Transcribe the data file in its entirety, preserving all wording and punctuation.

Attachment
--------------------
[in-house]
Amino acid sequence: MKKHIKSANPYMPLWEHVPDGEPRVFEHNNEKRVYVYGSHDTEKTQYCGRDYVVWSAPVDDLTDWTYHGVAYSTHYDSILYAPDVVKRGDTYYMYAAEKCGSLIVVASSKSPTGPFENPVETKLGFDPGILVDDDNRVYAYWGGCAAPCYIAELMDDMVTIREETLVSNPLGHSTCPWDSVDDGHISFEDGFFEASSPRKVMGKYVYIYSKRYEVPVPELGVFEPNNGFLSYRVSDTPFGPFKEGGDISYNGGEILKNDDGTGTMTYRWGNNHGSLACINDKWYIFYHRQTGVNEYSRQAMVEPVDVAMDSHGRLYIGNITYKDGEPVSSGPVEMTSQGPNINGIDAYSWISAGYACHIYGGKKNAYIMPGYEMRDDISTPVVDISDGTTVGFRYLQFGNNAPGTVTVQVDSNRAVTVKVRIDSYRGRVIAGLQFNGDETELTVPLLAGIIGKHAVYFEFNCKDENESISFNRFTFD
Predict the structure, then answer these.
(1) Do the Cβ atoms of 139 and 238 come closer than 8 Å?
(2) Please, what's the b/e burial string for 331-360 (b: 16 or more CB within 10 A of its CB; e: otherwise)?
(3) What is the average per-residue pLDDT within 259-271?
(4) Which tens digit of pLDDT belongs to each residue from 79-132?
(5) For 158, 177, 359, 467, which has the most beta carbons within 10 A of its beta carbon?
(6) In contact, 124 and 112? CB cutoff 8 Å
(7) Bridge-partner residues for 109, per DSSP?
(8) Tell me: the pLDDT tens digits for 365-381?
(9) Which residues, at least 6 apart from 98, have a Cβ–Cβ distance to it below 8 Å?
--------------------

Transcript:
[in-house]
Amino acid sequence: MKKHIKSANPYMPLWEHVPDGEPRVFEHNNEKRVYVYGSHDTEKTQYCGRDYVVWSAPVDDLTDWTYHGVAYSTHYDSILYAPDVVKRGDTYYMYAAEKCGSLIVVASSKSPTGPFENPVETKLGFDPGILVDDDNRVYAYWGGCAAPCYIAELMDDMVTIREETLVSNPLGHSTCPWDSVDDGHISFEDGFFEASSPRKVMGKYVYIYSKRYEVPVPELGVFEPNNGFLSYRVSDTPFGPFKEGGDISYNGGEILKNDDGTGTMTYRWGNNHGSLACINDKWYIFYHRQTGVNEYSRQAMVEPVDVAMDSHGRLYIGNITYKDGEPVSSGPVEMTSQGPNINGIDAYSWISAGYACHIYGGKKNAYIMPGYEMRDDISTPVVDISDGTTVGFRYLQFGNNAPGTVTVQVDSNRAVTVKVRIDSYRGRVIAGLQFNGDETELTVPLLAGIIGKHAVYFEFNCKDENESISFNRFTFD
Predict the structure, then answer these.
(1) Do the Cβ atoms of 139 and 238 come closer than 8 Å?
(2) Please, what's the b/e burial string for 331-360 (b: 16 or more CB within 10 A of its CB; e: otherwise)?
(3) What is the average per-residue pLDDT within 259-271?
(4) Which tens digit of pLDDT belongs to each residue from 79-132?
(5) For 158, 177, 359, 467, which has the most beta carbons within 10 A of its beta carbon?
(6) In contact, 124 and 112? CB cutoff 8 Å
(7) Bridge-partner residues for 109, per DSSP?
(8) Tell me: the pLDDT tens digits for 365-381?
(9) Which residues, at least 6 apart from 98, have a Cβ–Cβ distance to it below 8 Å?